Love Is No Victory March
New start, fresh perspectives and yet some things stayed the same.
As always, on school days a woman accompanies her children on a 3km uphill journey.
I’ve watched them for five years: slim mother and two fresh-faced beginners in smart uniforms, then pregnant mom and the two young children, then mother with baby on her back and the tweenies. At 6:15, toddler beaming from the pushchair, mother and the two older children marched uphill.
That morning was a sunny, clear Highveld day—a good day for walking. But there have been days when the Gauteng storms have rolled and roared and rained. There have also been dark, finger-burning, sub-zero temperature mornings. Still they’ve marched.
Educating children is not easy. The expense of uniforms and stationery, the time to “do” homework, the packed sandwiches, school functions and sport activities, the endless forms that require details and signatures, bed on time and up on time, and getting children safely to and home from school.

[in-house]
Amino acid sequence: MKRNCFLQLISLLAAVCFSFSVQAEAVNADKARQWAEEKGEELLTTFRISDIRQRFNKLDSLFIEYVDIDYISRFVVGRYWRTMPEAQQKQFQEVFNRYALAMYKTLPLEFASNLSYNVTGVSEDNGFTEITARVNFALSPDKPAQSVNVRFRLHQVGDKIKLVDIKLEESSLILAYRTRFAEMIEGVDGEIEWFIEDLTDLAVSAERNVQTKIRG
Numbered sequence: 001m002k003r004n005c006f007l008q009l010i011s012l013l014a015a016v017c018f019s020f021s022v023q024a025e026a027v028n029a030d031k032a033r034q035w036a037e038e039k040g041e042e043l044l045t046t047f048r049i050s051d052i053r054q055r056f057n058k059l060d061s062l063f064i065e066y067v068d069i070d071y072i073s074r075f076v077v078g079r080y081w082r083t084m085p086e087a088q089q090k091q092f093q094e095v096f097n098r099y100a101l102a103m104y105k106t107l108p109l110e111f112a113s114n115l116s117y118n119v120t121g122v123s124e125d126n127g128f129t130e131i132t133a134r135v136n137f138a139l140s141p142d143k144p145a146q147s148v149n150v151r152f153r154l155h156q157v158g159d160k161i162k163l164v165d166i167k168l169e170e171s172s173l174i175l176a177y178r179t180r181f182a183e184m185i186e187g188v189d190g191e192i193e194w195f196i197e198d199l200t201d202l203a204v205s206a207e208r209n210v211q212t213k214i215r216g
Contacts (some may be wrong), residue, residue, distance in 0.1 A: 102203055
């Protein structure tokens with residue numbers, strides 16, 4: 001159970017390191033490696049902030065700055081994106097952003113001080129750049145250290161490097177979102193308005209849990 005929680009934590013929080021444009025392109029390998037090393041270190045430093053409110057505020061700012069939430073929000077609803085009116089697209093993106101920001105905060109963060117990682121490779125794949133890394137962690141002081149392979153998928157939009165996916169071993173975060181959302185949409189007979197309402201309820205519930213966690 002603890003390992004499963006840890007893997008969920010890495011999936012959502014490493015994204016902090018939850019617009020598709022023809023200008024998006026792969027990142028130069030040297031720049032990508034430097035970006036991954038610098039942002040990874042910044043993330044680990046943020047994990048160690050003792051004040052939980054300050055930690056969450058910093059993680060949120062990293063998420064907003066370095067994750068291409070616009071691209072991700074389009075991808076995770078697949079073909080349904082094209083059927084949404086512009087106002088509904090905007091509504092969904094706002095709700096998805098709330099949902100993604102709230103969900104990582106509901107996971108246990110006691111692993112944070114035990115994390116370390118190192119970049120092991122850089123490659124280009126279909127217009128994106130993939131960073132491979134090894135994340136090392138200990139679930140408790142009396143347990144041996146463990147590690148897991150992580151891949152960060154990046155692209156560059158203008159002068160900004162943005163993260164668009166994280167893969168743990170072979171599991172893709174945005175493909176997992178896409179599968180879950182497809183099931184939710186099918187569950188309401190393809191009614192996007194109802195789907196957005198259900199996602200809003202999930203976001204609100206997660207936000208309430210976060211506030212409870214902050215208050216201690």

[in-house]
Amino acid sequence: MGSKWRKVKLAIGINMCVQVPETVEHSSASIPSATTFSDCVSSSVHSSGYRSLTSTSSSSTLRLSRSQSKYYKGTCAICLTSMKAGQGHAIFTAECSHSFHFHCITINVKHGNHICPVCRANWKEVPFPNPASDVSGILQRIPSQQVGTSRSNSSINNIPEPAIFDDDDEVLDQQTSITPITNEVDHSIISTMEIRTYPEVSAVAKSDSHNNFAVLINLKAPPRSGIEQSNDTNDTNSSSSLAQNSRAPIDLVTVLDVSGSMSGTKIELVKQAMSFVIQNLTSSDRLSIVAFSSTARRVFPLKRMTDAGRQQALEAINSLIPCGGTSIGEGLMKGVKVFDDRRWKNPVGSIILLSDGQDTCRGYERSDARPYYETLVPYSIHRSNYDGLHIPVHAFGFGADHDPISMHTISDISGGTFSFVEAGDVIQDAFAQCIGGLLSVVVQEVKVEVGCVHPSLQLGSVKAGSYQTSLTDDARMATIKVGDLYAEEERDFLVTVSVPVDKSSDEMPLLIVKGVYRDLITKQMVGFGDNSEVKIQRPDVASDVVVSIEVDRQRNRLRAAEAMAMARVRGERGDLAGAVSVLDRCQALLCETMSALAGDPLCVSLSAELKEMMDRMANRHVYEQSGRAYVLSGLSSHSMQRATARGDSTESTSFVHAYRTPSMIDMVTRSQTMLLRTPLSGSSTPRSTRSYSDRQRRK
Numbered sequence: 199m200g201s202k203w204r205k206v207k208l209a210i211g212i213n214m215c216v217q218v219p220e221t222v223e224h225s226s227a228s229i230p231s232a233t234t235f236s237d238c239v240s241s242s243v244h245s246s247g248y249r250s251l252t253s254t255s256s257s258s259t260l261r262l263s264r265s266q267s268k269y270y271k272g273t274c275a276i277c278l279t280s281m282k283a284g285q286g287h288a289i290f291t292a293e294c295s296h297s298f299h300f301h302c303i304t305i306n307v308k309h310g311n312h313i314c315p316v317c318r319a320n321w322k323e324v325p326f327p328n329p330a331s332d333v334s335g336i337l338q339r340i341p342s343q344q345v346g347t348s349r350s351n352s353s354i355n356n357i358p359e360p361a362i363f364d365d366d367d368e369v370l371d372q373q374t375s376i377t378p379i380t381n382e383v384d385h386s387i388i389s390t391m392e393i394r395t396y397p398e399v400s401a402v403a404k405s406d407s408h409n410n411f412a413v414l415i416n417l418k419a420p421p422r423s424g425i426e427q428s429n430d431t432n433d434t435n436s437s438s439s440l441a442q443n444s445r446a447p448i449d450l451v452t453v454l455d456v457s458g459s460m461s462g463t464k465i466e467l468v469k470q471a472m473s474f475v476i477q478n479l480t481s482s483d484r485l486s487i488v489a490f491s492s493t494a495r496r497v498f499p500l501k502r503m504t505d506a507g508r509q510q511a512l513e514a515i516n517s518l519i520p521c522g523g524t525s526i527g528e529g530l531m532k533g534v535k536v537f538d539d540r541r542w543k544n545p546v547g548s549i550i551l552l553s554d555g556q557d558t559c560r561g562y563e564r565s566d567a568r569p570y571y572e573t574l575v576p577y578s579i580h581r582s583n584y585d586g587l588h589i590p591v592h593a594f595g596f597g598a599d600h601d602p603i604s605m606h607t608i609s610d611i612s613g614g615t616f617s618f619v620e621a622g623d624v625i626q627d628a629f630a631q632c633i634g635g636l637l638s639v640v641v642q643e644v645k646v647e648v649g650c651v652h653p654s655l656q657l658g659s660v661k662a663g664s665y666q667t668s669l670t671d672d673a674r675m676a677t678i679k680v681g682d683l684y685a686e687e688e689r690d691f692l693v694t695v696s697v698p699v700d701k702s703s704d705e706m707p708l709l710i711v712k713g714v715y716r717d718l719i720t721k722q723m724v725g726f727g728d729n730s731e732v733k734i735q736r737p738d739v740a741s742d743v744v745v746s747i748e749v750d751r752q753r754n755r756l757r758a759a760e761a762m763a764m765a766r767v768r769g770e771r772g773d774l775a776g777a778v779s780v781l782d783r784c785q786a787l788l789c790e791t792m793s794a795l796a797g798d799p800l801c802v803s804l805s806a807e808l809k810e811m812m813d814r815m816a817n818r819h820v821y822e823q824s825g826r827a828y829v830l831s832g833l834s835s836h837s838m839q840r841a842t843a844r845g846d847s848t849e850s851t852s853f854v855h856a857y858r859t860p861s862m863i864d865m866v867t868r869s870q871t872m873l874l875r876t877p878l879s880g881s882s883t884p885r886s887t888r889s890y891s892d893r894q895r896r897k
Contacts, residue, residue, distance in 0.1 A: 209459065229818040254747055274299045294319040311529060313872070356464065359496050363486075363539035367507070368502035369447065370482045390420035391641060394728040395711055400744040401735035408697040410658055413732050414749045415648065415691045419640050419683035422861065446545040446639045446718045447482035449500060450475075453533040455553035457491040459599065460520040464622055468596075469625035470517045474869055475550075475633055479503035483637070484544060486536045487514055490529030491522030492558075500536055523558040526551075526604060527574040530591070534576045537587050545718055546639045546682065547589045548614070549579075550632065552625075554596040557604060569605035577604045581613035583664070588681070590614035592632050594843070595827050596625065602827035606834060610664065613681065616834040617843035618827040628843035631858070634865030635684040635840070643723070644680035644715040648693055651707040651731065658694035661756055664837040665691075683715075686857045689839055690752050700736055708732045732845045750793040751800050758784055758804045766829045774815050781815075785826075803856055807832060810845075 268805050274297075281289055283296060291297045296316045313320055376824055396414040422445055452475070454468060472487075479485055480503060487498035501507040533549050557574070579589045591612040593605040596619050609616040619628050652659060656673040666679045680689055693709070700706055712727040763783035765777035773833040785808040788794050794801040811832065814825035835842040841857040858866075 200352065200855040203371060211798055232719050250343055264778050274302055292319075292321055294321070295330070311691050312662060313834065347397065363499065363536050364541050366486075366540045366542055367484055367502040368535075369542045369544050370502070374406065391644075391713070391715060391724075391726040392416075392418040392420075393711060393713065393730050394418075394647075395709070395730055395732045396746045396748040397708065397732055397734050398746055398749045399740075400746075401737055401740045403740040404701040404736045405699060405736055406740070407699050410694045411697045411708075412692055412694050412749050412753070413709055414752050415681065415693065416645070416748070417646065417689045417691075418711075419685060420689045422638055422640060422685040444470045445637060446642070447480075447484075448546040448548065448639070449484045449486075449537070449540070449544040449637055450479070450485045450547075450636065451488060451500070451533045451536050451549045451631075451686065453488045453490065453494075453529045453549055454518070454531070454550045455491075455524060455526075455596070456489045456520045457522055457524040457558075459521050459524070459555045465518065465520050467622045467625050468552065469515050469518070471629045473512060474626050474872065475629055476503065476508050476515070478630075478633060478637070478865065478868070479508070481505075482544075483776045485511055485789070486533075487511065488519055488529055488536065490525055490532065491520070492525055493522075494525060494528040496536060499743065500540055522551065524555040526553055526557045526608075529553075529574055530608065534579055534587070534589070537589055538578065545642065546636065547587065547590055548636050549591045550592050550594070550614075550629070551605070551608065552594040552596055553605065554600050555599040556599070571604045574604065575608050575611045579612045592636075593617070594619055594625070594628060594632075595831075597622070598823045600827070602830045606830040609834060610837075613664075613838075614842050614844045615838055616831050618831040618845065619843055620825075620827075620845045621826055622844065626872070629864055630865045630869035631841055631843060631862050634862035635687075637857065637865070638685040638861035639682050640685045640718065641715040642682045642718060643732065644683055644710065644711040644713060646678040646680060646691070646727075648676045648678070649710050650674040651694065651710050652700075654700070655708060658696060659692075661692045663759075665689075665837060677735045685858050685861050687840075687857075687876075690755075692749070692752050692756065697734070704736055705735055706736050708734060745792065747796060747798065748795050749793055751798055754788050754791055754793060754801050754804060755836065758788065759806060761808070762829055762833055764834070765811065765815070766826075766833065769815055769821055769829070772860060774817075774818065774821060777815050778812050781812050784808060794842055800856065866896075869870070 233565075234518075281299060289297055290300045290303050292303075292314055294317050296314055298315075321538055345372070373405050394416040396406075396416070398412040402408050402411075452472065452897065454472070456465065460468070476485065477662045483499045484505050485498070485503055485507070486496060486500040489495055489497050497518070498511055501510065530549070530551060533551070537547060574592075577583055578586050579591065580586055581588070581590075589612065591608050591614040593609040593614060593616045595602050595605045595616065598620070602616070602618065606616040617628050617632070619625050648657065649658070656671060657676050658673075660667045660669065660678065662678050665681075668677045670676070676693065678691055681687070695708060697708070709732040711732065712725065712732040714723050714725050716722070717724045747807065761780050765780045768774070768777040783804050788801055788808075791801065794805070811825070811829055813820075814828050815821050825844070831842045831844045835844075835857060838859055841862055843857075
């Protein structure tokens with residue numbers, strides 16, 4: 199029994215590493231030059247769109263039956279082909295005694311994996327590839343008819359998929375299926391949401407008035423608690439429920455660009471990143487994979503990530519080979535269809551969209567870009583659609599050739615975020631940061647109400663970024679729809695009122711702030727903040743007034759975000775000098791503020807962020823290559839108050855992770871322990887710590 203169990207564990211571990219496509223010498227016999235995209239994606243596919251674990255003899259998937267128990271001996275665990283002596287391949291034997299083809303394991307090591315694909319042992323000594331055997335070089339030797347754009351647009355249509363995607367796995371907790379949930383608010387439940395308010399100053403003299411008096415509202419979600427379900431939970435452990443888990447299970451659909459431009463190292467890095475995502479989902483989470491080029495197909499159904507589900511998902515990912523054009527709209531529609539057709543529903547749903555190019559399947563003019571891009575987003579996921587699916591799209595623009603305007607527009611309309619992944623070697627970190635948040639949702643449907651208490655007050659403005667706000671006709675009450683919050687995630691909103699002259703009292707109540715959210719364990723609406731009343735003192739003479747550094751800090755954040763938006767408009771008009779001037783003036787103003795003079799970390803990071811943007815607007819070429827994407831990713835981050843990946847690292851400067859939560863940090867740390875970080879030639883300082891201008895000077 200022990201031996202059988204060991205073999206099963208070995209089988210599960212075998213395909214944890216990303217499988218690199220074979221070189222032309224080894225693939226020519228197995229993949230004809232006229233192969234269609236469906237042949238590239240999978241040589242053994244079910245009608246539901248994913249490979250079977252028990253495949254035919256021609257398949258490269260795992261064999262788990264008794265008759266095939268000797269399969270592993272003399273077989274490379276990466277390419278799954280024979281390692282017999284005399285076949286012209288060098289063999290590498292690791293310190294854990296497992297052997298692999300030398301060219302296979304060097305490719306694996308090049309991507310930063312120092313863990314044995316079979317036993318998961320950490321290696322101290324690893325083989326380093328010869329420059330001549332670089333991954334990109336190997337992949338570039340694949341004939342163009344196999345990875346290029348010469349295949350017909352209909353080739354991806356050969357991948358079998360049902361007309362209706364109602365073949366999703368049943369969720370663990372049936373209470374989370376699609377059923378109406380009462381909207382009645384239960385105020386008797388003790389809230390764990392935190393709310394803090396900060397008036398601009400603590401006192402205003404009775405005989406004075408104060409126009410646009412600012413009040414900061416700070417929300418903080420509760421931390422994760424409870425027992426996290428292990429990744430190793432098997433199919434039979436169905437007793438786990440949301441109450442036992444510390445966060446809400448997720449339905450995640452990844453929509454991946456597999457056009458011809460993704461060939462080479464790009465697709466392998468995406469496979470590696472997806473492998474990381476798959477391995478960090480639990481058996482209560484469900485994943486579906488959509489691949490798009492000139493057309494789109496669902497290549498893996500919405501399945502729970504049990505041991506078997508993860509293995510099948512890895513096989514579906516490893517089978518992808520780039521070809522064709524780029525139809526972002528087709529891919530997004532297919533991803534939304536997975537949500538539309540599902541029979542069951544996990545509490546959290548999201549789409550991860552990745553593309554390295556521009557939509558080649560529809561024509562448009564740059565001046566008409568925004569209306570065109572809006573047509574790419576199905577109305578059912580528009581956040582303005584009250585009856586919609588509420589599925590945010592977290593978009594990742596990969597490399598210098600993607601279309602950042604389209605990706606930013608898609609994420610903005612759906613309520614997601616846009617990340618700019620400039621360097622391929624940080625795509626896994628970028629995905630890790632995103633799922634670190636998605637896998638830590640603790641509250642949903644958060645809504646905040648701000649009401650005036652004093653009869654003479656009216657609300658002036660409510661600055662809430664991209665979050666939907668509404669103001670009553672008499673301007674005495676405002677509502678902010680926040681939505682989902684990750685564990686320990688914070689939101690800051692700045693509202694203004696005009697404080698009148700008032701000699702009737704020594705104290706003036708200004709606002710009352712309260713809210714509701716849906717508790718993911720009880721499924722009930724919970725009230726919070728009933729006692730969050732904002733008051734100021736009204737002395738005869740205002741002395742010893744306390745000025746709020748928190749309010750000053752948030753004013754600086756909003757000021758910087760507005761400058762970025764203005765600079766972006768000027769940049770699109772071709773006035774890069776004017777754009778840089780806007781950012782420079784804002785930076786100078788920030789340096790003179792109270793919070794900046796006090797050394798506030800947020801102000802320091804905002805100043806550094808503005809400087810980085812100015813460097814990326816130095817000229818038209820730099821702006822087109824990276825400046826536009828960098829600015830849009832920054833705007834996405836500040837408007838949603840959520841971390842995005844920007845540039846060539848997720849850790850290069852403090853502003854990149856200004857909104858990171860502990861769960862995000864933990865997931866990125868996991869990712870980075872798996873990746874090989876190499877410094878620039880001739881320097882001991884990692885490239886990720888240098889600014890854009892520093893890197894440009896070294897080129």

Parents get children through the 12 years of schooling possibly only with the help of God and a whole lot of love.
The start of the school year is also the beginning of a different kind of journey for children—those who feel alone and abandoned by their families, their communities and the state.
Some pupils will get themselves up and to school with no parental support.
There will be no breakfast and no packed lunch, and the journey will be fraught with danger from vehicles and other people.
At school they will be shouted at, misunderstood and bullied. Unsafe classrooms, unsanitary toilets and untrustworthy adults.
They will feel neither love in their homes nor at the school. They will start each day feeling lonely and broken.
So, the start of a new school year is time for a shout-out to parents; a hallelujah, a praise the Lord, for those family members who accompany the developing minds with love and commitment.
To the mother who walks her daily 3km journey I’m reminded that sometimes, in the words of Leonard Cohen: “Love is not a victory march; it’s a cold and it’s a broken Hallelujah…”
Keep going mother. Hallelujah! For those of us who have had the privilege of education…Hallelujah!
Imelda Diouf is the director of the Sekwele Family Strengthening Programme (www.sekwele.org).
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